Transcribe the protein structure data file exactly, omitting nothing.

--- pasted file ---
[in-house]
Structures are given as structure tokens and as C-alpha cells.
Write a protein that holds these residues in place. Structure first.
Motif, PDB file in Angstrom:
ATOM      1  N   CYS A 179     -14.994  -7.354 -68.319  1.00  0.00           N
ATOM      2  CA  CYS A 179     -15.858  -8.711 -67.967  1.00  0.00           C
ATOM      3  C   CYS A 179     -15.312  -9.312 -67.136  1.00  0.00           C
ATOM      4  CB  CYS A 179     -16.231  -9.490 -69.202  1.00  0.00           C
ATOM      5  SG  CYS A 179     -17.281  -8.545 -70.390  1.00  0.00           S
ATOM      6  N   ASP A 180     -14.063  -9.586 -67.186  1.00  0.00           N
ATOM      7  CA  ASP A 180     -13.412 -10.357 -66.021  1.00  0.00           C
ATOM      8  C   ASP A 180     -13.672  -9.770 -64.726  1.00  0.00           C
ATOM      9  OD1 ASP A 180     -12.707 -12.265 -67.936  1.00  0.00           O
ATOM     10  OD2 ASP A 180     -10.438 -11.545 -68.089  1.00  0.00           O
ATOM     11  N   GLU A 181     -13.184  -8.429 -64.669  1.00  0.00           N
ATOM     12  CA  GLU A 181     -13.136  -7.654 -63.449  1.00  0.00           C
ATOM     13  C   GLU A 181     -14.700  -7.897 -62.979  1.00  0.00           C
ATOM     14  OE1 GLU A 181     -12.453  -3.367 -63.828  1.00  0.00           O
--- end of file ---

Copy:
[in-house]
Structures are given as structure tokens and as C-alpha cells.
Write a protein that holds these residues in place. Structure first.
Motif, PDB file in Angstrom:
ATOM      1  N   CYS A 179     -14.994  -7.354 -68.319  1.00  0.00           N
ATOM      2  CA  CYS A 179     -15.858  -8.711 -67.967  1.00  0.00           C
ATOM      3  C   CYS A 179     -15.312  -9.312 -67.136  1.00  0.00           C
ATOM      4  CB  CYS A 179     -16.231  -9.490 -69.202  1.00  0.00           C
ATOM      5  SG  CYS A 179     -17.281  -8.545 -70.390  1.00  0.00           S
ATOM      6  N   ASP A 180     -14.063  -9.586 -67.186  1.00  0.00           N
ATOM      7  CA  ASP A 180     -13.412 -10.357 -66.021  1.00  0.00           C
ATOM      8  C   ASP A 180     -13.672  -9.770 -64.726  1.00  0.00           C
ATOM      9  OD1 ASP A 180     -12.707 -12.265 -67.936  1.00  0.00           O
ATOM     10  OD2 ASP A 180     -10.438 -11.545 -68.089  1.00  0.00           O
ATOM     11  N   GLU A 181     -13.184  -8.429 -64.669  1.00  0.00           N
ATOM     12  CA  GLU A 181     -13.136  -7.654 -63.449  1.00  0.00           C
ATOM     13  C   GLU A 181     -14.700  -7.897 -62.979  1.00  0.00           C
ATOM     14  OE1 GLU A 181     -12.453  -3.367 -63.828  1.00  0.00           O